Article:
The specific function of a protein is only possible through its defined structure. Misfolded proteins are normally recognized as part of protein quality control and broken down in the proteasome . If this breakdown fails, protein accumulations occur which, depending on the protein, can trigger various diseases in which mutations prevent correct folding. These are known as protein misfolding disorders and can be caused by:


When folding, the protein takes on the native (structured or biologically functional) state. The reverse process is called denaturation . Folding and denaturation of proteins resemble first-order phase transitions, i.e. extensive parameters such as volume and heat energy change abruptly. The denaturation of proteins is triggered , for example, by heat, extreme pH conditions or extreme salt concentrations.

In 1972 Christian B. Anfinsen received the Nobel Prize in Chemistry for the observation that after denaturation, small proteins can fold back into their native form as soon as they are exposed to ambient conditions in which they are stable. Anfinsen concluded from this observation that the native structure of every protein is determined by its amino acid sequence. Rare metamorphic proteins such as lymphotactin , which have two fundamentally different secondary structures, are an exception .


The first comprehensive theory of protein folding was developed by the Chinese scientist Hsien Wu in the 1920s . In the European-American area, the first essential work was carried out by Christian B. Anfinsen (Nobel Prize in Chemistry 1972) and Charles Tanford ( Tanford transition ) in the 1950s.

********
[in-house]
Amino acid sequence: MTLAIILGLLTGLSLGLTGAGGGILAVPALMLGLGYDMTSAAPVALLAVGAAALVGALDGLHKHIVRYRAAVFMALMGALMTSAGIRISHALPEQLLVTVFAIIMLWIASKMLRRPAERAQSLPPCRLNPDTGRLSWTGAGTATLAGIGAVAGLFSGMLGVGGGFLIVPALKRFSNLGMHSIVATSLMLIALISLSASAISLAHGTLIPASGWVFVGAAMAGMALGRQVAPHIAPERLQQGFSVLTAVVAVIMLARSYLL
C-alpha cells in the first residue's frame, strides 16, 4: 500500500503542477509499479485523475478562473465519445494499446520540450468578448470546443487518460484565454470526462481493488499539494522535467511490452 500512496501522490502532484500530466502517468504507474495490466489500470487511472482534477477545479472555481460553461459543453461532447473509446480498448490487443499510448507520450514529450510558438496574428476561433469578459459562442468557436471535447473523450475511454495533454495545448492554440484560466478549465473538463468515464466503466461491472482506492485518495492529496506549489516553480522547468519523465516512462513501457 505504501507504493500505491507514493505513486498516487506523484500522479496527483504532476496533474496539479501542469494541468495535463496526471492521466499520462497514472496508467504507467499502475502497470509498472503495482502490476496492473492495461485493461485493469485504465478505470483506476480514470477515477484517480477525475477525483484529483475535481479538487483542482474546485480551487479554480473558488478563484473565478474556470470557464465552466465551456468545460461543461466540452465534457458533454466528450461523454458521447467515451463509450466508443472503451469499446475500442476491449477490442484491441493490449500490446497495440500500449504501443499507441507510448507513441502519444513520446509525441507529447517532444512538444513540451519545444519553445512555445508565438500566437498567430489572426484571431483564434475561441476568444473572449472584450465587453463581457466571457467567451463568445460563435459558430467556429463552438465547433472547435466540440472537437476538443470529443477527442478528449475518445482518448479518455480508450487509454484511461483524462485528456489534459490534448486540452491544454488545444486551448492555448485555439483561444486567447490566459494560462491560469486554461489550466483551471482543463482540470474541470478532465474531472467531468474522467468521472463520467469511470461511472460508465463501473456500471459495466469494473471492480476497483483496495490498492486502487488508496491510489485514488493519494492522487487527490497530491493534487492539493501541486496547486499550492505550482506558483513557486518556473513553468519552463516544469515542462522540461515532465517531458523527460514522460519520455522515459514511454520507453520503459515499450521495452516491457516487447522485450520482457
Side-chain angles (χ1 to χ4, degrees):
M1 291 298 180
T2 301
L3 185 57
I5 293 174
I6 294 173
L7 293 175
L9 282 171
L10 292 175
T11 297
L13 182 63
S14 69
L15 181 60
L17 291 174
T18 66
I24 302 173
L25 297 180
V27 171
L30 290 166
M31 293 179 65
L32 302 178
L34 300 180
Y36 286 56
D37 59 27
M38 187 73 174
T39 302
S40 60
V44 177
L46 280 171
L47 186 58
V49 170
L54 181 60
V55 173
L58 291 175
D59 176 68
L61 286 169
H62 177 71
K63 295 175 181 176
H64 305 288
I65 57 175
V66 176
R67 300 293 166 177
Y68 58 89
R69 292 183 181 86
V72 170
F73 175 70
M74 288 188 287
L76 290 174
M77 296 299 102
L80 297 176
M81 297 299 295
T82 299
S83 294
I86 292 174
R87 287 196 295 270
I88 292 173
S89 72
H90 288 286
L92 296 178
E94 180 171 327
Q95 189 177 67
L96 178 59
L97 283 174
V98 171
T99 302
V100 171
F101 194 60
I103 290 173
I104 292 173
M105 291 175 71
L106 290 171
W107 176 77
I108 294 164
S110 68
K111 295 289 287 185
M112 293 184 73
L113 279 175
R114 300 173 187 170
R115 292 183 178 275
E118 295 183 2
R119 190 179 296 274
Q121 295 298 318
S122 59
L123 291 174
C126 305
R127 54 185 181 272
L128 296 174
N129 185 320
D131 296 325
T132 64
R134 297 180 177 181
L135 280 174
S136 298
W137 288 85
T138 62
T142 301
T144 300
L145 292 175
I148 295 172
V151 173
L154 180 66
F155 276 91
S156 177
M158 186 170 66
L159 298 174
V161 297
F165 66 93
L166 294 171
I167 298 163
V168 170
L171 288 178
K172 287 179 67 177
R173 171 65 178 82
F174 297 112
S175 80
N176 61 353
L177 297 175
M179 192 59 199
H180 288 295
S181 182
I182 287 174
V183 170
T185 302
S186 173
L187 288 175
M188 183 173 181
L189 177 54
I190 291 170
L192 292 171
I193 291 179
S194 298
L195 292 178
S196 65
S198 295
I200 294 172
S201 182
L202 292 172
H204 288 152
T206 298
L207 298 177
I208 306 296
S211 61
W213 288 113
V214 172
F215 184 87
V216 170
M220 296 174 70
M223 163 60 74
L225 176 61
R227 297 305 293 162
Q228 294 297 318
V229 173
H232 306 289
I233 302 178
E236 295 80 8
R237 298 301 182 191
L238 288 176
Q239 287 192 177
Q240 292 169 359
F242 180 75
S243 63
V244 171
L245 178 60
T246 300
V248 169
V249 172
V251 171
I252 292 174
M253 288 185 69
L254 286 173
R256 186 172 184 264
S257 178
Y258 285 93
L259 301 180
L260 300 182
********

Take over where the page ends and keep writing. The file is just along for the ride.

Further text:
The “ Folding @ home ” project at Stanford University is currently running to simulate these folds, and Internet users can help by making computing power available. The projects “ POEM @ home ” of the University of Karlsruhe and “ Rosetta @ home ” of the University of Washington also pursue this goal. All three projects use different approaches to simulate protein folding. The computer game Foldit takes a further approach , in which the players try to fold a protein as skilfully as possible and thus bring it to a low energy level.

Furthermore, the joint experiment CASP takes place every two years , which offers research groups the opportunity to test the quality of their methods for predicting protein structures based on the primary structure and to get an overview of the current status in this research area.

So far there are two scientifically recognized models for protein folding:


  • F. Sterpone, G. Stirnemann, D. Laage: Magnitude and molecular origin of water slowdown next to a protein. In: Journal of the American Chemical Society. Volume 134, Number 9, March 2012, pp. 4116-4119. doi : 10.1021 / ja3007897 . PMID 22335572 .

Individual evidence

  1. ^ Protein folding - Chemgapedia. Retrieved February 4, 2020 .
  2. ^ Horton, Robert et al .: Biochemie , 4th edition, Pearson Studium, Munich (2008), p. 146., ISBN 978-3-8273-7312-0 .
  3. ^ RL Tuinstra, FC Peterson, S. Kutlesa, ES Elgin, MA Kron, BF Volkman: Interconversion between two unrelated protein folds in the lymphotactin native state. In: Proceedings of the National Academy of Sciences . Volume 105, Number 13, April 2008, pp. 5057-5062, ISSN  1091-6490 . doi : 10.1073 / pnas.0709518105 . PMID 18364395 . PMC 2278211 (free full text).